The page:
72 - Telehealth in Pain Medicine: Lessons Learned During the COVID-19 Pandemic
University of Utah, Salt Lake City, UT, USA. VASLCHCS, Salt Lake City, UT, USA
Purpose Three selected cases of Pain Medicine clinical encounters are presented to illustrate three lessons learned during the conversion of face to face care to telehealth care (via video and telephone) mandated during the COVID-19 pandemic emergency situation. These lessons are described in three general categories. Those are: 1) care processes, 2) clinical impact, and 3) administrative to include costs. Lessons learned are important for improving clinical outcomes, conveying new information to clinicians planning to implement telehealth, conveying new information to clinicians utilizing telehealth, conveying new information to administrators promoting the use of telehealth and payers considering reimbursement for telehealth services. Care processes involve patient, staff, clinician and administrative perspectives. Methods Experience implementing telehealth services in three different health care systems in the state of Utah are the source of material to be described. Since the onset of the COVID-19 pandemic in the United States, different health systems have had different approaches to the implementation and acceleration of telehealth services. This senior Pain Medicine clinician has been practicing in these health systems for over twenty years and has made observations of the different approaches to implementing telehealth particularly since the COVID-19 pandemic hit the state of Utah. Three cases are chosen to illustrate the lessons learned from this experience. She has engaged with patients, other clinicians, and other administrators to share their observations of the impact of telehealth services on pain medicine care. Results There are differences in the outcomes of telehealth pain medicine services that depend on multiple factors. These factors can be divided into patient related, clinician related, technical and systems related factors. Some of the outcomes are positive and some may be negative. Some of the positive outcomes of telehealth pain medicine were surprising.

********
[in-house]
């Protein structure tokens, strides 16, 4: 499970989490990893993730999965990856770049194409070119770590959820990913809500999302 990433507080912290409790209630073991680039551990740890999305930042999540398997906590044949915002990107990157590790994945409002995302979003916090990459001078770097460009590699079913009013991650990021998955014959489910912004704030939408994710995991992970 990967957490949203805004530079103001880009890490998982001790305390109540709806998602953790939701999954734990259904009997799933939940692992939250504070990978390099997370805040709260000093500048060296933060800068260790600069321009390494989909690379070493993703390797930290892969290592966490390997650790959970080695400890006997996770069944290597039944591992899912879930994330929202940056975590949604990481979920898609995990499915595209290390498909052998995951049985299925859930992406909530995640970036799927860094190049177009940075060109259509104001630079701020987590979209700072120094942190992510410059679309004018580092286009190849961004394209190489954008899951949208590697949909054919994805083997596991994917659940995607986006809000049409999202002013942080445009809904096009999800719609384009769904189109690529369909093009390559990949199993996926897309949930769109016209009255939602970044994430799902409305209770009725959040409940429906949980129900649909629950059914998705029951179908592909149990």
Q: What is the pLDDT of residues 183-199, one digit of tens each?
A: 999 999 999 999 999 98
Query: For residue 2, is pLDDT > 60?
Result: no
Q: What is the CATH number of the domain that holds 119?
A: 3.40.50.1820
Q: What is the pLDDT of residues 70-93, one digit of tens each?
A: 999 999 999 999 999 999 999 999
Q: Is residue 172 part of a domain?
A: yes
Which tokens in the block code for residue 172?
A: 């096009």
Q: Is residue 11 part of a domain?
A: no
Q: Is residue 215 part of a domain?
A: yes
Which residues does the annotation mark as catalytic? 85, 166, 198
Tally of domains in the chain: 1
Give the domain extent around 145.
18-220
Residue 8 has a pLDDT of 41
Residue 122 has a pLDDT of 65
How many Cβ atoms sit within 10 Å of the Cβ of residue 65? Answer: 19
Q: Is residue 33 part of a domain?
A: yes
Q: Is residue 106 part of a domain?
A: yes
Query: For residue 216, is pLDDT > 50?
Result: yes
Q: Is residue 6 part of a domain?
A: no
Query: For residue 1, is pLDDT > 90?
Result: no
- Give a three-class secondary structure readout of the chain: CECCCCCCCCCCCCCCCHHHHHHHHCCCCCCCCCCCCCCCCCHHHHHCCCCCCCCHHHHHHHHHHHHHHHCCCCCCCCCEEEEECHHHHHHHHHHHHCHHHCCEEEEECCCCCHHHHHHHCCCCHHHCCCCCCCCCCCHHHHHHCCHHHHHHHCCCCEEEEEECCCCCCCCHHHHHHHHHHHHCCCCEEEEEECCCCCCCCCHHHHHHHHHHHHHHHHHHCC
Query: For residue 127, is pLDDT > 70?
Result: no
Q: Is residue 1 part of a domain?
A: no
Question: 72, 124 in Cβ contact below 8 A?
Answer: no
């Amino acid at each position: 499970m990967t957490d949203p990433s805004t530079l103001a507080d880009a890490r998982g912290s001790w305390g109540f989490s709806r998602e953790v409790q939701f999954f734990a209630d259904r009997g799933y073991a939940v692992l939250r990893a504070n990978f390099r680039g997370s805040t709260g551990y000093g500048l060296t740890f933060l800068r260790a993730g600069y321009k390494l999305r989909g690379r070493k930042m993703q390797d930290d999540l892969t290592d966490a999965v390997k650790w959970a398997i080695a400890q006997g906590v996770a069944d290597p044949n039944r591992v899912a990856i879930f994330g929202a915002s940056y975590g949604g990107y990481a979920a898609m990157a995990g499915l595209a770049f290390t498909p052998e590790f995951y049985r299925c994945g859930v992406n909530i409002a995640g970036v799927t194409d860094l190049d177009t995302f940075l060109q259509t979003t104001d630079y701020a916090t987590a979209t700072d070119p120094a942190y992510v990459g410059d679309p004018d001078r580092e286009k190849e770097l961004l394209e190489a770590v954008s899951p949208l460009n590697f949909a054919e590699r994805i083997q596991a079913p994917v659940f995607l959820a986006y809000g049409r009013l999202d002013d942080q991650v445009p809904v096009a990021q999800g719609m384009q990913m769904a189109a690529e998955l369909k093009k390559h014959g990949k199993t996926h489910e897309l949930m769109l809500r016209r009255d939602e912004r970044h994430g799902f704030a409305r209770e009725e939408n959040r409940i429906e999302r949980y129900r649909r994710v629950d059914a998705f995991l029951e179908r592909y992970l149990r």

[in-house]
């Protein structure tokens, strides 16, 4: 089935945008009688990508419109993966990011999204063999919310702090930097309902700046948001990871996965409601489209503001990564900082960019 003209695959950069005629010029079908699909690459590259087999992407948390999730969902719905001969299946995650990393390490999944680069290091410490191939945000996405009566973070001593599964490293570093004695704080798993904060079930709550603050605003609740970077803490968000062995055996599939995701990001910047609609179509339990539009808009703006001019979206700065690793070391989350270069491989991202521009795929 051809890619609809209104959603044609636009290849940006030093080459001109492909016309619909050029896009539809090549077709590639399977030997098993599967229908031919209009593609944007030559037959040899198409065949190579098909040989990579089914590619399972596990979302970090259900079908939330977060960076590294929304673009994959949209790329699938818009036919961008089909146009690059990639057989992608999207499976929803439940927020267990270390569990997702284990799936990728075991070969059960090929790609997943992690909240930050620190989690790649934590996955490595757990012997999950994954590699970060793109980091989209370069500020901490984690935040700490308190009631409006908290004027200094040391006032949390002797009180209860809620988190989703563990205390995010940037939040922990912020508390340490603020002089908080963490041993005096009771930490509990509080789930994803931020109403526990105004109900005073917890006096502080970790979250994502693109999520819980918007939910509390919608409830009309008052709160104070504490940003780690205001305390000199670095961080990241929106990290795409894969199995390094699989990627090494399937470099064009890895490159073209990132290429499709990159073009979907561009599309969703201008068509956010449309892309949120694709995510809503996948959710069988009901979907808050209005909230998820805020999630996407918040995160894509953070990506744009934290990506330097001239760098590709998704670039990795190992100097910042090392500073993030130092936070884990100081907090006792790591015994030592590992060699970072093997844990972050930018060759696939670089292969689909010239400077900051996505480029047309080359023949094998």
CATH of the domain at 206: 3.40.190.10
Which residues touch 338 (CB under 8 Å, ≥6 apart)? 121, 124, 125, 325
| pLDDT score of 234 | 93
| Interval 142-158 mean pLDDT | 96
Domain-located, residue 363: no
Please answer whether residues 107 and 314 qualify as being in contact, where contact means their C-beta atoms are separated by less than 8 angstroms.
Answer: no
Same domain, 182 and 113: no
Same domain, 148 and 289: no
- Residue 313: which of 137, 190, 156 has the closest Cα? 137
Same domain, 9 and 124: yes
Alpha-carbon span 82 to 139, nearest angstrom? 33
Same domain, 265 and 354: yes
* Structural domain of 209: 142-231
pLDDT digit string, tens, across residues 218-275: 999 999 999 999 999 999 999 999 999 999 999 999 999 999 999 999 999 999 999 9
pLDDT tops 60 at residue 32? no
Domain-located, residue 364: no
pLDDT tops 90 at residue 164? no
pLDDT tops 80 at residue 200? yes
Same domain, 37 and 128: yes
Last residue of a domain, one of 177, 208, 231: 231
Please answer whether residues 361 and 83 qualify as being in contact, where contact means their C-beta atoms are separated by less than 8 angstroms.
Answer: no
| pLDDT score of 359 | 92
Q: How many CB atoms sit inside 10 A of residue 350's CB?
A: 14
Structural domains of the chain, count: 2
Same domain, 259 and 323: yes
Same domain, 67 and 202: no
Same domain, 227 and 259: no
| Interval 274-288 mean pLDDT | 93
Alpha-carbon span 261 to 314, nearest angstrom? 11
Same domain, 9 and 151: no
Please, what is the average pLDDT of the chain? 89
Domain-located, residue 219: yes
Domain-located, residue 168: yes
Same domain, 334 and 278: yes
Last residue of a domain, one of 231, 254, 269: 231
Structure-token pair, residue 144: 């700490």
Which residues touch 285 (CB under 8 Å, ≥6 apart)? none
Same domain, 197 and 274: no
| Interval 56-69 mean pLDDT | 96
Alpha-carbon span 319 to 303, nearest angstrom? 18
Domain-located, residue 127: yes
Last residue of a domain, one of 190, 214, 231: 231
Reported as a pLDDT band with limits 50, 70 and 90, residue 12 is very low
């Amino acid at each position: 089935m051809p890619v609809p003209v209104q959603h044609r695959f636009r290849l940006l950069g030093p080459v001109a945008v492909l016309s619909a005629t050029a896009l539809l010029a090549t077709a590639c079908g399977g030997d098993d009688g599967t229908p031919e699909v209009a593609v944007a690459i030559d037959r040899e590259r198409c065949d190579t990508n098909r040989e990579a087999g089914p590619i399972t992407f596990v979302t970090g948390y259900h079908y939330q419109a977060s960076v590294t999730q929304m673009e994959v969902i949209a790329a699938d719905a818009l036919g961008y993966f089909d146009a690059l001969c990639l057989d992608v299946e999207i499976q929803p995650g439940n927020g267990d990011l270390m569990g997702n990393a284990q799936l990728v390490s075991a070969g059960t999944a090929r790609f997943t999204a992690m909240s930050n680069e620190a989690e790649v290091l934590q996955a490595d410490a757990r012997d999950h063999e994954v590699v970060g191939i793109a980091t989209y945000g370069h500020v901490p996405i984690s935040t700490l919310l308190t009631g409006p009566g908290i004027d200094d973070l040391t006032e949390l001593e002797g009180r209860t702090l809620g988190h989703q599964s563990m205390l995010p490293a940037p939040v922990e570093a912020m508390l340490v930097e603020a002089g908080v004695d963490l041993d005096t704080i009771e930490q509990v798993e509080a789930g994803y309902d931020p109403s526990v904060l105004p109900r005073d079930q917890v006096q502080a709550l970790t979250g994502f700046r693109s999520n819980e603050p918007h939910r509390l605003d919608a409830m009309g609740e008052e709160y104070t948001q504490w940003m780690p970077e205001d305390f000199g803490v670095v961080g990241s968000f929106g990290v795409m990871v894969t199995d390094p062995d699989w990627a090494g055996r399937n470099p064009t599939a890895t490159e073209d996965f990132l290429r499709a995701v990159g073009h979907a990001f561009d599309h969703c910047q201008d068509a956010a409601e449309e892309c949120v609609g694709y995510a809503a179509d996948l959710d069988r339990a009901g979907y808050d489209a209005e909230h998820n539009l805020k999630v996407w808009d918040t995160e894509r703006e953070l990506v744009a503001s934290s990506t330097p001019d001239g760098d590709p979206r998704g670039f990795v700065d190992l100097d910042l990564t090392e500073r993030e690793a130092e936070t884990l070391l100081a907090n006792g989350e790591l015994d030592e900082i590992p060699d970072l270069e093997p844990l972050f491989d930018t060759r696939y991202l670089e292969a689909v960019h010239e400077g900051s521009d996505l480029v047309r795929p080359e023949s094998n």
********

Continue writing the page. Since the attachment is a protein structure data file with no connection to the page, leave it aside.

The illustrative case reports are chosen to highlight both the positive and negative aspects of delivering telehealth pain medicine services. Conclusions Given the uncertainty of the COVID-19 pandemic in terms of changes to health care in the United States and the duration of the pandemic, we can expect to be using telehealth pain medicine in our care of patients well into the future. The lessons illustrated in these cases categorized by care processes, clinical impact and administrative issues will be very important to carry going forward. Additional lessons will likely be learned as we continue to provide telehealth pain medicine services.